The consequences of marriage redefinition, and how quickly they affect a society, were demonstrated last month in the UK when a school made headlines for consulting parents on whether or not to implement a gender-neutral uniform policy at the school.
The Guardian reports that the Highgate School, a private school in London, took the now-shocking step of asking parents before introducing gender ideology to their kids. The consultation included asking whether to offer boys and girls the choice of skirts or pants, unisex bathrooms, and addressing students as “pupils” instead of boys and girls:
“The independent Highgate school hit the headlines at the weekend for consulting parents on whether to introduce gender-neutral uniforms, allowing boys and girls to choose between skirts and trousers, along with other measures such as unisex toilets and addressing all students as “pupils” rather than boys or girls.”
Susie Green, of the gender-confusion charity Mermaids, remarked on the unusual step of actually talking to parents: “Lots of schools are doing it very quietly, very unobtrusively: they’re just getting on with it.
Still reeling from the effects of legalising same-sex marriage, the children in the UK are receiving heavy doses of gender-ideology, often from a very young age. Across the UK, many schools are preparing to adopt gender-neutral uniforms, according to the LGBTI charity Educate & Celebrate. Founder Dr Elly Barnes said 120 schools had signed up to its best-practice program, and gender-neutral policies were now in place across hundreds more. She told The Guardian:
“In our experience, primary schools are adopting [the programme] faster than secondary schools,” she said. “There doesn’t seem to be any type of school that’s more likely to take it up than any other, and no particular part of the country where there’s less or more take-up.”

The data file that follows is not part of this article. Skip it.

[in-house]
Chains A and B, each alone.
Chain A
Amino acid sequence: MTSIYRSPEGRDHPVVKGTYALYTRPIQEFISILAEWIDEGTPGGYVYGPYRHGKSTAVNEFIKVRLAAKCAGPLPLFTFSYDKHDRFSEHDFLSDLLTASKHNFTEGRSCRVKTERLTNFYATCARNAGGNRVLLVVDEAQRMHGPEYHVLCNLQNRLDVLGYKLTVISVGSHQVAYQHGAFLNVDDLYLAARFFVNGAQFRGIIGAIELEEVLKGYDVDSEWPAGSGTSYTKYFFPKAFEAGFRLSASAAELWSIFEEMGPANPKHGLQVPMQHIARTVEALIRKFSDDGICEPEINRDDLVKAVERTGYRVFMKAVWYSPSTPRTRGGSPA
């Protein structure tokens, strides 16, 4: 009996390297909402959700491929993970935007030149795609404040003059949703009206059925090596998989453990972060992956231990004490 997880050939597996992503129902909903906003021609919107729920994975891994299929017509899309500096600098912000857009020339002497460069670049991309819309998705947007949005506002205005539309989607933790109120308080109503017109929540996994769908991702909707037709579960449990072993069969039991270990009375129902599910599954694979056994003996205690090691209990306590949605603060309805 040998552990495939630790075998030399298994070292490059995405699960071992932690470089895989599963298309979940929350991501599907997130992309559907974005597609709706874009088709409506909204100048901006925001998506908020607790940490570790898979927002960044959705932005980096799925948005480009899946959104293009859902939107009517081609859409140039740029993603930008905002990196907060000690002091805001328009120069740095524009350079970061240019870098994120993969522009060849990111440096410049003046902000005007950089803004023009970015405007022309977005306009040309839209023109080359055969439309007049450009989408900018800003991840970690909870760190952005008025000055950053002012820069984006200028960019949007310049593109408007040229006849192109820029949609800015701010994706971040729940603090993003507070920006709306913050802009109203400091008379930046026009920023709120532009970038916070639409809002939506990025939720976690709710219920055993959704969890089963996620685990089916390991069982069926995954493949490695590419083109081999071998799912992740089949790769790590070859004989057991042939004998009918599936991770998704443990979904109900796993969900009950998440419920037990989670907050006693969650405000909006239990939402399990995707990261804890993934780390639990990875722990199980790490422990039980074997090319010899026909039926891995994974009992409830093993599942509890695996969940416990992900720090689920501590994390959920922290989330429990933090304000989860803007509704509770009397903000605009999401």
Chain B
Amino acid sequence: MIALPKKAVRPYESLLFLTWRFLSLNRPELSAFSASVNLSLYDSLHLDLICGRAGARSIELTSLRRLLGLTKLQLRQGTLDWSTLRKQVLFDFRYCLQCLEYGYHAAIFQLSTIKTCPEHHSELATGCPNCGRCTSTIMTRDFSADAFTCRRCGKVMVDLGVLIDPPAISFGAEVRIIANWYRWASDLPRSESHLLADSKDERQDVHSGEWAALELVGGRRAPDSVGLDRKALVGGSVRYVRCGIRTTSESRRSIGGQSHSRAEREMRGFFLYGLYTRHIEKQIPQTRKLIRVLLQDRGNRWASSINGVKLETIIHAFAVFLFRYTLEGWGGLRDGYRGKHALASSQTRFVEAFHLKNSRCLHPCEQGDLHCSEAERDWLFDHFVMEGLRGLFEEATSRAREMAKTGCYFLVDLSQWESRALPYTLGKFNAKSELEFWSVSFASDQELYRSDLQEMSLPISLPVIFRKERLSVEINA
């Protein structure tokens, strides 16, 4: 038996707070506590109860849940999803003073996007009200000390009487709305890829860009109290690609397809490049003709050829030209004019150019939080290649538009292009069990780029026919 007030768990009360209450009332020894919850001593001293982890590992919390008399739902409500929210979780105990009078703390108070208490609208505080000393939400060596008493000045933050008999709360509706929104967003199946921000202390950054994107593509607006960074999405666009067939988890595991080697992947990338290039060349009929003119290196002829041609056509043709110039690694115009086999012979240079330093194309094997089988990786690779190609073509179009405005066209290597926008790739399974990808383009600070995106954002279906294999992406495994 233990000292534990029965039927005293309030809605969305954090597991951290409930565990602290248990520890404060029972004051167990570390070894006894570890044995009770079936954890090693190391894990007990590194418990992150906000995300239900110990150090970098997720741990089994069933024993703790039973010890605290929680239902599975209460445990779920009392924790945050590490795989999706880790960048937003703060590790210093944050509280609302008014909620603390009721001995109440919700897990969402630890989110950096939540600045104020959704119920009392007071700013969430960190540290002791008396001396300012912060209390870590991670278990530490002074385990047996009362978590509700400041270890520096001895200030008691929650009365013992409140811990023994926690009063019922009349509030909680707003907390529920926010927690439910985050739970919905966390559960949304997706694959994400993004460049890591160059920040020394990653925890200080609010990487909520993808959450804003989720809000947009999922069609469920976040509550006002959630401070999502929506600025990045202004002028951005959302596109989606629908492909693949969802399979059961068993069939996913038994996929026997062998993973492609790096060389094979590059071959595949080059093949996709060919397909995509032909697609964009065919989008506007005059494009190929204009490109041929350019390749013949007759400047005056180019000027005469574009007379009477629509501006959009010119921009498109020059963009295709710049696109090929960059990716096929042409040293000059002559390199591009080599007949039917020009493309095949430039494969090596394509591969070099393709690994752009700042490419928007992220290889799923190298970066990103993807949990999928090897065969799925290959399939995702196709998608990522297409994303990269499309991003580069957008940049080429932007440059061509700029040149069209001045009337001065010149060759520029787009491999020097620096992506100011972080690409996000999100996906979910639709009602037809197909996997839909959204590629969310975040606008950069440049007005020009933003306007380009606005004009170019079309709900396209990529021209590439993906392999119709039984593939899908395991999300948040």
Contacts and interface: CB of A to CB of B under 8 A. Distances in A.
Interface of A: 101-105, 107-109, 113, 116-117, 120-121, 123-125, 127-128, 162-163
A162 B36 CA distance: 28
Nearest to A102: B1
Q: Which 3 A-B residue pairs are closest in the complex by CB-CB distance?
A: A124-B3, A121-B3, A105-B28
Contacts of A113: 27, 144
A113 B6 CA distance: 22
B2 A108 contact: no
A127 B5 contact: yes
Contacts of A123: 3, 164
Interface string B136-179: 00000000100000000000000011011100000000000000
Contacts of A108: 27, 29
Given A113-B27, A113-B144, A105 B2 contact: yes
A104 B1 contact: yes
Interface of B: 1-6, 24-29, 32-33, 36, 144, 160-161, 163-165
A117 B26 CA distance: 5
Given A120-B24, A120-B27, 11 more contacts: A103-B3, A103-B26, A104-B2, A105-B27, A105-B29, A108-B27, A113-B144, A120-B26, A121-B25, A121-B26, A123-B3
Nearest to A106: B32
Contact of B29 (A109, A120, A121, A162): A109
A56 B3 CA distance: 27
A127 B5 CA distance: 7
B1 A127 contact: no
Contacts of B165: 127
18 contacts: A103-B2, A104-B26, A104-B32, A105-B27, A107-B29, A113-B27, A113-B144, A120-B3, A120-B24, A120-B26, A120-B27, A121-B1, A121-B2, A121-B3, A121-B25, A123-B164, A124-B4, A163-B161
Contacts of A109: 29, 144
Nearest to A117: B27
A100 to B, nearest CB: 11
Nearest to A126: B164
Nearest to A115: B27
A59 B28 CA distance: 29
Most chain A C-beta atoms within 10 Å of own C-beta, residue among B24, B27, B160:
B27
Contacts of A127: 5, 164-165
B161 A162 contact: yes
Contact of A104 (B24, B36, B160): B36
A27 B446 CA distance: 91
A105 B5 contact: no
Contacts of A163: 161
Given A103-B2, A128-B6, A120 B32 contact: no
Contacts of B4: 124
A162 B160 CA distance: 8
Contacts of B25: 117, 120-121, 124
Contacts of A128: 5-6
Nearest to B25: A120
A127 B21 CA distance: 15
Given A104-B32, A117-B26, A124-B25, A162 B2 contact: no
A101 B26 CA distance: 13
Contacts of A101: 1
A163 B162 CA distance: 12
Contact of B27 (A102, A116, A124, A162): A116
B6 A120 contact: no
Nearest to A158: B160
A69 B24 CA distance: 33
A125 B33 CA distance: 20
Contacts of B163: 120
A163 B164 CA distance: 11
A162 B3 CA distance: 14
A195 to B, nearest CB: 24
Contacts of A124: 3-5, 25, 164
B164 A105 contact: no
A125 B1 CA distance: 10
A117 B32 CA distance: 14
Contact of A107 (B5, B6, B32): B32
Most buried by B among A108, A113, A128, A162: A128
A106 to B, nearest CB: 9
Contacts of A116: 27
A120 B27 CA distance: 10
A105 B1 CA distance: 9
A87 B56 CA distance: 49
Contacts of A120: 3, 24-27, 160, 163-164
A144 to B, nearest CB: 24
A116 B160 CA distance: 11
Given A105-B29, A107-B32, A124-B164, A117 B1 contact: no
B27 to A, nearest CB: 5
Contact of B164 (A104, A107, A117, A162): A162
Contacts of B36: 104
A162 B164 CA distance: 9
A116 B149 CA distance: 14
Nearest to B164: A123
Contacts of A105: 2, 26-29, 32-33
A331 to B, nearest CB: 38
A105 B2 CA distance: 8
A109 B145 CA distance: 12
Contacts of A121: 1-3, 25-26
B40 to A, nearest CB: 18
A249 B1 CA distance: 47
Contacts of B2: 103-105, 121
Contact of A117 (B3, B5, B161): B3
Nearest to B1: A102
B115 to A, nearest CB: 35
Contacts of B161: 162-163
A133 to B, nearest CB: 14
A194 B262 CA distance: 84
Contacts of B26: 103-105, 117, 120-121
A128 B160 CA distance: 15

Green pointed to research which indicated that 1% of the population experiences issues of gender identity. However, she failed to suggest a reason why the accommodation of 1% should have consequences for 100% of the population.
A Guardian study showed a dramatic uptick in people in the UK identifying as transgender, including 2,700 children or adolescents seeking medical treatment for gender identity issues.
A clinic in Nottingham reported a 28-fold increase in referrals in eight years, from 30 in 2008 to 850 in 2015. It expected this to increase to more than 1,000 referrals during 2016.
The Laurels clinic in Exeter has seen a 20-fold increase in referrals in a decade, from 31 in 2005-06 to 636 in 2015-16. Referrals to Sheffield’s clinic went up from from eight in 1998 to 301 in 2015, while a clinic in Daventry, Northamptonshire, has had a five-fold increase in the past year alone, up from 88 referrals in 2014-15 to 466 in 2015-16.
At a GIC in Leeds, referrals tripled from 131 in 2009-10 to 414 in 2015-16. The increase put such a strain on the service that last October it estimated that new patients would have to wait four years for their first appointment.
The largest and oldest adult clinic in London, Charing Cross, has seen the number of adult referrals quadruple in the past decade. The figures have skyrocketed from 498 in 2006-07 to 1892 in 2015-2016. James Barrett, a psychiatrist at Charing Cross, said:
“It obviously can’t continue like that forever because we’d be treating everyone in the country, but there isn’t any sign of that levelling off”.
Professor Stephen Whittle, professor of equalities law at Manchester Metropolitan University, attributed the rise in transgender numbers to greater acceptance and awareness.
“What’s happened recently is that since the Equality Act 2010, awareness in the last three years of trans issues [has grown] – what we have seen is individual schools where kids have been challenging the requirements … increasingly schools are recognising the need to make changes.”
“One of the things I’m keen to emphasise is kids don’t have sex changes, adults do.
“Children can change their minds … they are exploring how best to be themselves. This is about giving all children as good a chance to experience an education as possible.”
The introduction of gender-neutral uniforms is far from a harmless anti-bullying measure. The more children are encouraged to question their birth gender, the more likely they are to report gender confusion. It is irresponsible to rule out “anti-bullying” measures as potential causes for increased incidences of transgenderism.
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